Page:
The reason for a library is to allow the same MCTP implementation to be
used in both OpenBMC and host firmware; the library should be
bidirectional. To allow this, the library would be written in portable C
(structured in a way that can be compiled as "extern C" in C++
codebases), and be able to be configured to suit those runtime
environments (for example, POSIX IO may not be available on all
platforms; we should be able to compile the library to suit). The
licence for the library should also allow this re-use; I'd suggest a
dual Apache & GPL licence.

As for the hardware bindings, we would want to implement a serial
transport binding first, to allow easy prototyping in simulation. For
OpenPOWER, we'd want to implement a "raw LPC" binding for better
performance, and later PCIe for large transfers. I imagine that there is
a need for an I2C binding implementation for other hardware platforms

Lastly, I don't want to exclude any currently-used interfaces by
implementing MCTP - this should be an optional component of OpenBMC, and
not require platforms to implement it.

## Alternatives Considered

There have been two main alternatives to this approach:

Continue using IPMI, but start making more use of OEM extensions to
suit the requirements of new platforms. However, given that the IPMI
standard is no longer under active development, we would likely end up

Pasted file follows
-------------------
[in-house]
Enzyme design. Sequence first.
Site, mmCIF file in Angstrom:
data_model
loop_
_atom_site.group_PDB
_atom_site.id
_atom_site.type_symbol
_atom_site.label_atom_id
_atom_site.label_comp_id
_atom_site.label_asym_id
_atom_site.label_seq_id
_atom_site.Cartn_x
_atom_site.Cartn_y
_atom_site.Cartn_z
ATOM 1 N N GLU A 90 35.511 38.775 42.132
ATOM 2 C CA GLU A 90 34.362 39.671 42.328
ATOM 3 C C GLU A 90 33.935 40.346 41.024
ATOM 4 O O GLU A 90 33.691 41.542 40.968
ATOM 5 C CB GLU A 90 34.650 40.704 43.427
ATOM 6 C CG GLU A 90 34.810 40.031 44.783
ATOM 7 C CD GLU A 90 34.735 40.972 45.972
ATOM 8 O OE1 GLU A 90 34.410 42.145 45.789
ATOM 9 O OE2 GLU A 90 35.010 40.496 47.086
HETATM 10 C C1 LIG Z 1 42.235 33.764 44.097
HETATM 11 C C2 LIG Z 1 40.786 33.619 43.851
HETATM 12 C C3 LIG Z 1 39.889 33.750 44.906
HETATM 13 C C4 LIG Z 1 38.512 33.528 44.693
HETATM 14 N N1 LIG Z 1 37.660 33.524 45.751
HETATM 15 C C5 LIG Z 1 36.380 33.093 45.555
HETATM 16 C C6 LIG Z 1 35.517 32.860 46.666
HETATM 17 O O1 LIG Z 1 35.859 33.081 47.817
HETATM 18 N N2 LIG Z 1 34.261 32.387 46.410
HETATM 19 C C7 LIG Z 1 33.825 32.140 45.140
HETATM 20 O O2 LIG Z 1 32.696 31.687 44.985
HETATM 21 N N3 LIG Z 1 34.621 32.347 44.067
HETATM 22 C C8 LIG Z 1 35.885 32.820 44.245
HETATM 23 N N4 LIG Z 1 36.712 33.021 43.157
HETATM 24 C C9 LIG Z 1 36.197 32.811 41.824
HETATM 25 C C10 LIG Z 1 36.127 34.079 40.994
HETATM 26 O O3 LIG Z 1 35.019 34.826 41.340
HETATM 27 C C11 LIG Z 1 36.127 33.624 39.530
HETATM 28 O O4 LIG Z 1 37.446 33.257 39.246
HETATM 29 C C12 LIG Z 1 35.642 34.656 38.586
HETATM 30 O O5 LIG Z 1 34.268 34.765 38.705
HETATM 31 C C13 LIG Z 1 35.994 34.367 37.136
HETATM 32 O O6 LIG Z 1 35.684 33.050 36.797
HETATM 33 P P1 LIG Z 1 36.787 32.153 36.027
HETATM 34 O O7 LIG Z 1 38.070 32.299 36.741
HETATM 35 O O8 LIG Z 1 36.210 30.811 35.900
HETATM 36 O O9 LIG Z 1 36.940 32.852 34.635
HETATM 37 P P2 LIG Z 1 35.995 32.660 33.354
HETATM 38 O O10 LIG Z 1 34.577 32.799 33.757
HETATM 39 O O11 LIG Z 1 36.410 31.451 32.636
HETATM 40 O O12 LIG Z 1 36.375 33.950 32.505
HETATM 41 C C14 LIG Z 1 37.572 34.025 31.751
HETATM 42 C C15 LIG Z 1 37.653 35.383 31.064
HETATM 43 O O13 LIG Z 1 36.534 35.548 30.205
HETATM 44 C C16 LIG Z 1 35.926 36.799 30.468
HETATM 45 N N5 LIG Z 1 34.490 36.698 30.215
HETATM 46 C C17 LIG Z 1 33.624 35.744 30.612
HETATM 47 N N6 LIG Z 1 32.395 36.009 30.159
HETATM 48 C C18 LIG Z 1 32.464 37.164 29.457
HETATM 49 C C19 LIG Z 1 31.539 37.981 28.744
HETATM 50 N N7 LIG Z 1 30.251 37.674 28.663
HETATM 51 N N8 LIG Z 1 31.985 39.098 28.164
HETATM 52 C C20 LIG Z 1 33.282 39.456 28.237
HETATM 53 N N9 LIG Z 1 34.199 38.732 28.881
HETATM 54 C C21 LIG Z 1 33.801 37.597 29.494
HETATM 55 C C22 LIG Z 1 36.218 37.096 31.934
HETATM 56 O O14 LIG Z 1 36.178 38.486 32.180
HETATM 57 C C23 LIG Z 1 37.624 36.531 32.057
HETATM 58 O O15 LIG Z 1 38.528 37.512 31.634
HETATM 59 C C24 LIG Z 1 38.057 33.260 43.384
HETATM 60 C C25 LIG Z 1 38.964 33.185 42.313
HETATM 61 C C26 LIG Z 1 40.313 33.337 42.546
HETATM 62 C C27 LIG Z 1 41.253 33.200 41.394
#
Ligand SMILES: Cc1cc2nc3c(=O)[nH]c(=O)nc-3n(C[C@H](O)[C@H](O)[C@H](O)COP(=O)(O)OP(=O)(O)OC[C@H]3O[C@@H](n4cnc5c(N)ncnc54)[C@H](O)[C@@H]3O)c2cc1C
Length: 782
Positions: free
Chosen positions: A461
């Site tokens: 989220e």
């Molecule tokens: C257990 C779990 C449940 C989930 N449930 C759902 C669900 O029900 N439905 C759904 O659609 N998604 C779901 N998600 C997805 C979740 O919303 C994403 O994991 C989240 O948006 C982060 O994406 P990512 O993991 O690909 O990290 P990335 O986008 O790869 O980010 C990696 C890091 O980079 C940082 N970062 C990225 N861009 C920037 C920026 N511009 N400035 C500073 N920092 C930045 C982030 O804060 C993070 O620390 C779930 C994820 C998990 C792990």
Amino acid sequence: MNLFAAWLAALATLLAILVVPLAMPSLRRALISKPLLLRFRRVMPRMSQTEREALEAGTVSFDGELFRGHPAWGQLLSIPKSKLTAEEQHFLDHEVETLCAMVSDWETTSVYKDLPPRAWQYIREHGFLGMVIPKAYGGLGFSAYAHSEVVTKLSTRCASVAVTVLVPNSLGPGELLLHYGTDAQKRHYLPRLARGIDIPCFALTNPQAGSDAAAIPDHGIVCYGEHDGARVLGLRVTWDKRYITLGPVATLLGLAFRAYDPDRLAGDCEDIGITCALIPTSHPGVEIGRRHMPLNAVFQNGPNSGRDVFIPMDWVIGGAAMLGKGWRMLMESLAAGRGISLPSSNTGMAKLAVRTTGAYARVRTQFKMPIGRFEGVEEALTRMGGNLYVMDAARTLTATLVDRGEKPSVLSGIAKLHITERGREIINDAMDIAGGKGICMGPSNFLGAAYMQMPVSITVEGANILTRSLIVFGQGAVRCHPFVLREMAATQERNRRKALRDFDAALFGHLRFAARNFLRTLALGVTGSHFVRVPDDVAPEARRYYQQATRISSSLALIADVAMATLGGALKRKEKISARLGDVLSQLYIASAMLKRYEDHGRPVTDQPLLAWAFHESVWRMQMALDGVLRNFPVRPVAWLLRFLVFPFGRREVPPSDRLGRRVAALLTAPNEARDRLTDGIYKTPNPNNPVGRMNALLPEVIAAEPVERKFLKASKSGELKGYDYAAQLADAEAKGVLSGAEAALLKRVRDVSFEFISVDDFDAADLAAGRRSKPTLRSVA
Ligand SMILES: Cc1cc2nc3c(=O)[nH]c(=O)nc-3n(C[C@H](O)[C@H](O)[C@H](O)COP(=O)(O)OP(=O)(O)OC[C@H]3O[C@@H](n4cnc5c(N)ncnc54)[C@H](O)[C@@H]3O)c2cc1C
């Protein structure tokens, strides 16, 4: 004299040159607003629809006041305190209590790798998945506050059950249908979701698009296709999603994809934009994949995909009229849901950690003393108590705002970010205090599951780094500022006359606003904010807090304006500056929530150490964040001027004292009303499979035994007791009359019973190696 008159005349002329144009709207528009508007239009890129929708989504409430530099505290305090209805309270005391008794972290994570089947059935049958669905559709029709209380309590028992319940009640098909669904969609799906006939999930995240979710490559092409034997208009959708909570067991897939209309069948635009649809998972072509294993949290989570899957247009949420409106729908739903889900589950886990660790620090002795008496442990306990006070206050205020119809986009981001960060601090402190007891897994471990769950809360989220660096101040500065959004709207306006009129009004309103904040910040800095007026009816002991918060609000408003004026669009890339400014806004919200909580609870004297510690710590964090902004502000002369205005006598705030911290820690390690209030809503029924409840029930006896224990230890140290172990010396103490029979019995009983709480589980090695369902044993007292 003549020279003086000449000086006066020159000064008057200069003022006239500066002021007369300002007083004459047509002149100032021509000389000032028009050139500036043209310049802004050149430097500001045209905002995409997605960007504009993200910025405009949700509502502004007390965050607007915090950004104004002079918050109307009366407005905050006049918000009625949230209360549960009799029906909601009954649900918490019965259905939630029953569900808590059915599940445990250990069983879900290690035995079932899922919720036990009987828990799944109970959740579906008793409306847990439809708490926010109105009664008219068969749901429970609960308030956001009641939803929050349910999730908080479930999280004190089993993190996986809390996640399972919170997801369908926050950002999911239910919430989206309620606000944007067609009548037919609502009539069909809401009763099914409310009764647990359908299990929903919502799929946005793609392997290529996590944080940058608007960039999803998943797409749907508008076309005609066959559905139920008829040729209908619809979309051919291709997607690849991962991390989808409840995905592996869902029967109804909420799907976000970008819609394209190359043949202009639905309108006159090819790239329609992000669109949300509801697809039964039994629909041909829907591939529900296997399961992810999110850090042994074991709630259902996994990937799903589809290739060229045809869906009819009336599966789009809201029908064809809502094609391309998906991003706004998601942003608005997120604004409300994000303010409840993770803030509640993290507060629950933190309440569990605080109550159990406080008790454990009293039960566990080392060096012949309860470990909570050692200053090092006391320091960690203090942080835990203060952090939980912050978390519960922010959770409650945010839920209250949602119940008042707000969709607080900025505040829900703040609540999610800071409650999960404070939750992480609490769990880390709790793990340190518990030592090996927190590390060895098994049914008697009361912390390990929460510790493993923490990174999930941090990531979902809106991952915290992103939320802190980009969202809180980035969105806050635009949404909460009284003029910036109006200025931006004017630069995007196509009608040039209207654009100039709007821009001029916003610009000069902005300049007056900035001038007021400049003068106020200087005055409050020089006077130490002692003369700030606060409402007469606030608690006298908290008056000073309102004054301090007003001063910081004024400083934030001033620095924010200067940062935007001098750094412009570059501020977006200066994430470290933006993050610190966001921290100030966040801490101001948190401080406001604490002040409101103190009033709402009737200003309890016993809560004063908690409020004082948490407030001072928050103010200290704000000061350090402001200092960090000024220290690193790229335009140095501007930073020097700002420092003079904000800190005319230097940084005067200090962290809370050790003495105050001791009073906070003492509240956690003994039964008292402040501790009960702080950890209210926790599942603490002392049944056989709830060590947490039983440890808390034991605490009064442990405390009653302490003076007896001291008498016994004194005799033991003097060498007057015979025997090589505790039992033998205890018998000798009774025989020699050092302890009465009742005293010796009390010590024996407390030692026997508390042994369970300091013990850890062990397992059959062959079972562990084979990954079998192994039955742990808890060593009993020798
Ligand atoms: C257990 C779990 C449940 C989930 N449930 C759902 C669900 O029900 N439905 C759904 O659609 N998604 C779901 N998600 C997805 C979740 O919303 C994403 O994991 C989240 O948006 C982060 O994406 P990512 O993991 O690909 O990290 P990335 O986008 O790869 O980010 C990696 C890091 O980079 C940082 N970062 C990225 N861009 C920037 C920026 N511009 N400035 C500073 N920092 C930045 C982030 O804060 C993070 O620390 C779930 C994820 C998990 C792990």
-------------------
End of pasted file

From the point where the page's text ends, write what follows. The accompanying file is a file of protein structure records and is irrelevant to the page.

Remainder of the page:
with a large amount of platform-specific customisations. This also does
not solve the hardware channel issues in a standard manner.

Redfish between host and BMC. This would mean that host firmware needs a
HTTP client, a TCP/IP stack, a JSON (de)serialiser, and support for
Redfish schema. This is not feasible for all host firmware
implementations; certainly not for OpenPOWER. It's possible that we
could run a simplified Redfish stack - indeed, MCTP has a proposal for a
Redfish-over-MCTP protocol, which uses simplified serialisation and no
requirement on HTTP. However, this still introduces a large amount of
complexity in host firmware.

## Impacts

Development would be required to implement the MCTP transport, plus any
new users of the MCTP messaging (eg, a PLDM implementation). These would
somewhat duplicate the work we have in IPMI handlers.

We'd want to keep IPMI running in parallel, so the "upgrade" path should
be fairly straightforward.

Design and development needs to involve potential host firmware

## Testing

For the core MCTP library, we are able to run tests there in complete
isolation (I have already been able to run a prototype MCTP stack
through the afl fuzzer) to ensure that the core transport protocol

For MCTP hardware bindings, we would develop channel-specific tests that
would be run in CI on both host and BMC.

For the OpenBMC MCTP daemon implementation, testing models would depend
on the structure we adopt in the design section.